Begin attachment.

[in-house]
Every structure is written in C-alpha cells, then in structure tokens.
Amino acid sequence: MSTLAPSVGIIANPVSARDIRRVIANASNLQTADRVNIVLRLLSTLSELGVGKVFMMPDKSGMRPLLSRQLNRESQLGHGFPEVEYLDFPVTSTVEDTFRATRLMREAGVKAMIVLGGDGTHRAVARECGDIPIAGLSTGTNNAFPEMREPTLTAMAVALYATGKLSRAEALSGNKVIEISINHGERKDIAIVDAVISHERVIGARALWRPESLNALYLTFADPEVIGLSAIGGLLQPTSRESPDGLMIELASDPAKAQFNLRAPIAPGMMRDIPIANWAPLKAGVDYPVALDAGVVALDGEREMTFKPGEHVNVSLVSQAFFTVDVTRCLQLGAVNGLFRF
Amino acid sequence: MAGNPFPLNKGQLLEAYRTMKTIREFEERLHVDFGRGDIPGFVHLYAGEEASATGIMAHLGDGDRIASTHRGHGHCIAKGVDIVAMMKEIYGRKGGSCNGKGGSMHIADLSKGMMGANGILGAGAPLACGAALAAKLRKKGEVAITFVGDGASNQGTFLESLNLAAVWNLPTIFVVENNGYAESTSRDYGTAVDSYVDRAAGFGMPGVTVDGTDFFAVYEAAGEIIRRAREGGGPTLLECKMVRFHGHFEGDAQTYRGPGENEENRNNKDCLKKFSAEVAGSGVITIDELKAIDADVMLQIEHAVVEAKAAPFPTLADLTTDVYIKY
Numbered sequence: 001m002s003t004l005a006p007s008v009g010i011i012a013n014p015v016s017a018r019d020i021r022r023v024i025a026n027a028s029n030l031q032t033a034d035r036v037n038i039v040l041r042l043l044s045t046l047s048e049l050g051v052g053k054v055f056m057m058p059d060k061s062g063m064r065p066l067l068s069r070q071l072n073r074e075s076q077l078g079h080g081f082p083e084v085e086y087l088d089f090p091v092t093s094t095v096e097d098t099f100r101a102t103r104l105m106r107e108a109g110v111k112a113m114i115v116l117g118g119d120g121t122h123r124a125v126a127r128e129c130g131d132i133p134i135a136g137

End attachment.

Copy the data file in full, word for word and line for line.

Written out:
[in-house]
Every structure is written in C-alpha cells, then in structure tokens.
Amino acid sequence: MSTLAPSVGIIANPVSARDIRRVIANASNLQTADRVNIVLRLLSTLSELGVGKVFMMPDKSGMRPLLSRQLNRESQLGHGFPEVEYLDFPVTSTVEDTFRATRLMREAGVKAMIVLGGDGTHRAVARECGDIPIAGLSTGTNNAFPEMREPTLTAMAVALYATGKLSRAEALSGNKVIEISINHGERKDIAIVDAVISHERVIGARALWRPESLNALYLTFADPEVIGLSAIGGLLQPTSRESPDGLMIELASDPAKAQFNLRAPIAPGMMRDIPIANWAPLKAGVDYPVALDAGVVALDGEREMTFKPGEHVNVSLVSQAFFTVDVTRCLQLGAVNGLFRF
Amino acid sequence: MAGNPFPLNKGQLLEAYRTMKTIREFEERLHVDFGRGDIPGFVHLYAGEEASATGIMAHLGDGDRIASTHRGHGHCIAKGVDIVAMMKEIYGRKGGSCNGKGGSMHIADLSKGMMGANGILGAGAPLACGAALAAKLRKKGEVAITFVGDGASNQGTFLESLNLAAVWNLPTIFVVENNGYAESTSRDYGTAVDSYVDRAAGFGMPGVTVDGTDFFAVYEAAGEIIRRAREGGGPTLLECKMVRFHGHFEGDAQTYRGPGENEENRNNKDCLKKFSAEVAGSGVITIDELKAIDADVMLQIEHAVVEAKAAPFPTLADLTTDVYIKY
Numbered sequence: 001m002s003t004l005a006p007s008v009g010i011i012a013n014p015v016s017a018r019d020i021r022r023v024i025a026n027a028s029n030l031q032t033a034d035r036v037n038i039v040l041r042l043l044s045t046l047s048e049l050g051v052g053k054v055f056m057m058p059d060k061s062g063m064r065p066l067l068s069r070q071l072n073r074e075s076q077l078g079h080g081f082p083e084v085e086y087l088d089f090p091v092t093s094t095v096e097d098t099f100r101a102t103r104l105m106r107e108a109g110v111k112a113m114i115v116l117g118g119d120g121t122h123r124a125v126a127r128e129c130g131d132i133p134i135a136g137